Centre d’Élaboration de Matériaux et d’Etudes Structurales

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SP-LDOS engineering

Contact : Erik.Dujardin[at]cemes.fr

This activity is developped in collaboration with Aurélien Cuche and Christian Girard (NeO group)

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The strength of the interaction of a plasmonic nanostructure with any electromagnetic field depends on the number of optical excitations that it can support in a given spectral range. Thus the plasmonic properties of a metallic structure can be fully described by its Local Density Of States of Surface Plasmons, SP-LDOS .

Recently, we have developed several techniques to tailor the SP-LDOS of colloidal plasmonic systems deposited at the surface of insulating materials. Moreover, a number of experimental optical (SNOM, TPL, ...) and electron beam (EELS) methods are now able to quantify and image this fundamental quantity.

1. Morphology-induced SP-LDOS patterning in gold platelets


The electron density waves associated with surface plasmons can be tailored by a careful design of individual metallic nanostructures. Depending upon the particle morphology, a variety of higher order SP modes, similar to Fabry-Perot or whispering gallery modes in optical cavities, have been obtained. These investigations have demonstrated that colloidal chemistry is better performing than standard lithography techniques for the fabrication of single crystalline metallic nanostructures. In particular, the reduced dissipation due to intrinsic losses in the material and the sharp geometries defined by the crystallographic facets favours a better build-up of SP modes.


Figure 1 : (a)–(c) SEM images of triangular, truncated triangular, and hexagonal gold nanoplatelets. (d)–(i) Corresponding TPL maps acquired with a wavelength of 700 nm and linear polarization of 0 deg (d)–(f) and 90deg (g)–(i), as indicated by the white bars in the upper right corners. (j)–(o) Corresponding simulated maps. Scale bars are 200 nm. Adapted from Appl. Phys. Lett. 103, 131112 (2013).


In this study, in collaboration with A. Arbouet (nMat group, CEMES), we have used two-photon luminescence (TPL) microscopy to investigate the influence of the particle morphology on the SP modes of planar plasmonic nanostructures prepared by an original bottom-up nanofabrication technique. The spatial distribution of the plasmon modes is monitored and compared to numerical simulations based on the Green dyadic method as the particle in-plane shape undergoes a symmetry transition, from triangular (C3v) to hexagonal shape (C6v). In addition, for a given geometry, TPL maps are recorded for different combinations of wavelength, incident light polarization, and nanostructure size.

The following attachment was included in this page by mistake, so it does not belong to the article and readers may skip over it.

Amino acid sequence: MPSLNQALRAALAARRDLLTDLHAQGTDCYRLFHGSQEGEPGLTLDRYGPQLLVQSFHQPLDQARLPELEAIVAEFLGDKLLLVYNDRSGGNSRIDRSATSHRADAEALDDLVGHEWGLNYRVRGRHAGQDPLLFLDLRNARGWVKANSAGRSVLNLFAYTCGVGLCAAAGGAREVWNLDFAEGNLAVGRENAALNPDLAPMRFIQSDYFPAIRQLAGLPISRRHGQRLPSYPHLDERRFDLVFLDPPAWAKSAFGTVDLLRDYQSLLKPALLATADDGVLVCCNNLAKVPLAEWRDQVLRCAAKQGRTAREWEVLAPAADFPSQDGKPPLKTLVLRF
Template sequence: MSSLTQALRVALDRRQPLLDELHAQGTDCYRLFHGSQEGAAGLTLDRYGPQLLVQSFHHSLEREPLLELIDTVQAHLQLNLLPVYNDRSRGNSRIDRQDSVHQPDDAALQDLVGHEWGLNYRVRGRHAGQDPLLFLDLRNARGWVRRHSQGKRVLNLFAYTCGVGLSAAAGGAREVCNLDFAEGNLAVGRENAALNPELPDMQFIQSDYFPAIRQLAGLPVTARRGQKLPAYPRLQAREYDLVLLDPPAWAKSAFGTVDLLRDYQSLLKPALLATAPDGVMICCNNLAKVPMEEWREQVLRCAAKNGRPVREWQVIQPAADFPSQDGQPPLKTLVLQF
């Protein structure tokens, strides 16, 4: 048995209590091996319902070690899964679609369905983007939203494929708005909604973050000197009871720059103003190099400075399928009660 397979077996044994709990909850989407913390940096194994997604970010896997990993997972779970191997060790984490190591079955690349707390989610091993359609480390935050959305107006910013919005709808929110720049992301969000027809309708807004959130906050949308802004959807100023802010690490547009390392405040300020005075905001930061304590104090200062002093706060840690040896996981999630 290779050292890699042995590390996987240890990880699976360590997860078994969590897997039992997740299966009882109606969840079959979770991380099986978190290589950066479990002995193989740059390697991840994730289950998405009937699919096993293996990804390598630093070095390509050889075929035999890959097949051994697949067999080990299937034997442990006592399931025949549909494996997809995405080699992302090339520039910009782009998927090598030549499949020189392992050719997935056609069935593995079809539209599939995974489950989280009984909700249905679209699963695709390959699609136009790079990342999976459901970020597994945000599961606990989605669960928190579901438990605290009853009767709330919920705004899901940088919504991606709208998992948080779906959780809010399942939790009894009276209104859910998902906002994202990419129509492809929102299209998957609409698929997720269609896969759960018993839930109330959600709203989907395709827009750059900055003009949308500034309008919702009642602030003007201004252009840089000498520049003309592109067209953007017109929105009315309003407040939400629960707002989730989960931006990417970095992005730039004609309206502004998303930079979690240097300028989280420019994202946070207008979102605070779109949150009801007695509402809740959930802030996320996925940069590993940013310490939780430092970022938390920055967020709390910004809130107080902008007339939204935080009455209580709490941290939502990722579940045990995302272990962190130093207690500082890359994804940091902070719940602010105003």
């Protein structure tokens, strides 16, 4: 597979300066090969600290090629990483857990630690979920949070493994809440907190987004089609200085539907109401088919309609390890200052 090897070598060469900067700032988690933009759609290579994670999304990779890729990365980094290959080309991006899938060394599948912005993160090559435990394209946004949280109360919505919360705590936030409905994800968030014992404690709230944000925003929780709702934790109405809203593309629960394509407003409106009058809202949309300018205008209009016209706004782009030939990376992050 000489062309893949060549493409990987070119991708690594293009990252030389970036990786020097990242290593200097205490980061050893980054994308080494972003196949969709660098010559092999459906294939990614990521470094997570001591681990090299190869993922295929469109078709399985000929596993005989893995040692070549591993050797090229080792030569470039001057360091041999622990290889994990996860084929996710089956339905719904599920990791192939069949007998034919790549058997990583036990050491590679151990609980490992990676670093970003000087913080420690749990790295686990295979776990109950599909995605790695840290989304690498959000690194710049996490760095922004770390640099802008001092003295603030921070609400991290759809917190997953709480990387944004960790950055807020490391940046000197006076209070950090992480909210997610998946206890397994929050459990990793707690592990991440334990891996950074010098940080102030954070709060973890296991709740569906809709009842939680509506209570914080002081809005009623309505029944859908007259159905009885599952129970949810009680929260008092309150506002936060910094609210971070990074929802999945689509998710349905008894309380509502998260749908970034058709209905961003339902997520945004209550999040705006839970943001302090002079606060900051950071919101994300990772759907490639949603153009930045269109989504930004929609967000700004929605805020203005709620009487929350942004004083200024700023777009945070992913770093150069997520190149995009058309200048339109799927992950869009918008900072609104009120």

2. SP-LDOS engineering in plasmonic nanoparticle networks (PNN)


Building nanostructures from individual atoms or molecules confines two-dimensional surface electronic states into closed resonators or “quantum corrals,” which are directly imaged by scanning tunnelling microscopy (STM). In 2002, an optical analogue was demonstrated with surface photonic states confined inside optical corrals made of gold pads on a transparent substrate. Very recently, we have shown that plasmonic nanoparticle networks (PNN) made of adjacent or fused individual gold beads permit to enter the deep sub-wavelength range and lead to a real sub-wavelength patterning of the SP-LDOS, revealing then new photonic properties for nanoscale optics developments.


3. Additive SP modal engineering by bio-inspired assembly


Proteins showing specific recognition for a chosen crystalline metallic gold surfacewere used to drive the self-assembly of the colloids onto the surface of single crystalline gold platelets as a first step toward programmable protein-driven construction of complex plasmonic architectures. Simulations by the Green Dyadic Method suggest that the antibody-driven assembly demonstrated in this work could be exploited to significantly modify the SP-LDOS of the gold platelets. Our work shows that molecular biology tools can be used to design plasmonic hybrid nanomaterials.

Figure 3 : (a) Simulation model of a Au nanoprism with edge length of 700 nm. (b) LDOS map calculated at 683 nm corresponding to a higher order mode (m = 4) in the absence of coupled nanoparticles. (c) Simulation model of the Au nanoprism shown in (a) on which six 30 nm diameter spherical Au nanoparticles are randomly adsorbed. (d) LDOS map calculated at 683 nm in the presence of the six nanoparticles. (e, f) 3D and 2D maps of the LDOS difference obtained by subtracting map (b) from map (d). The self-assembly of nanoparticles on the nanoprisms surface significantly reshape the spatial distribution of the plasmonic LDOS. Common scale bar is 200 nm. Adapted from J. Phys. Chem. C, 118, 14502 (2014)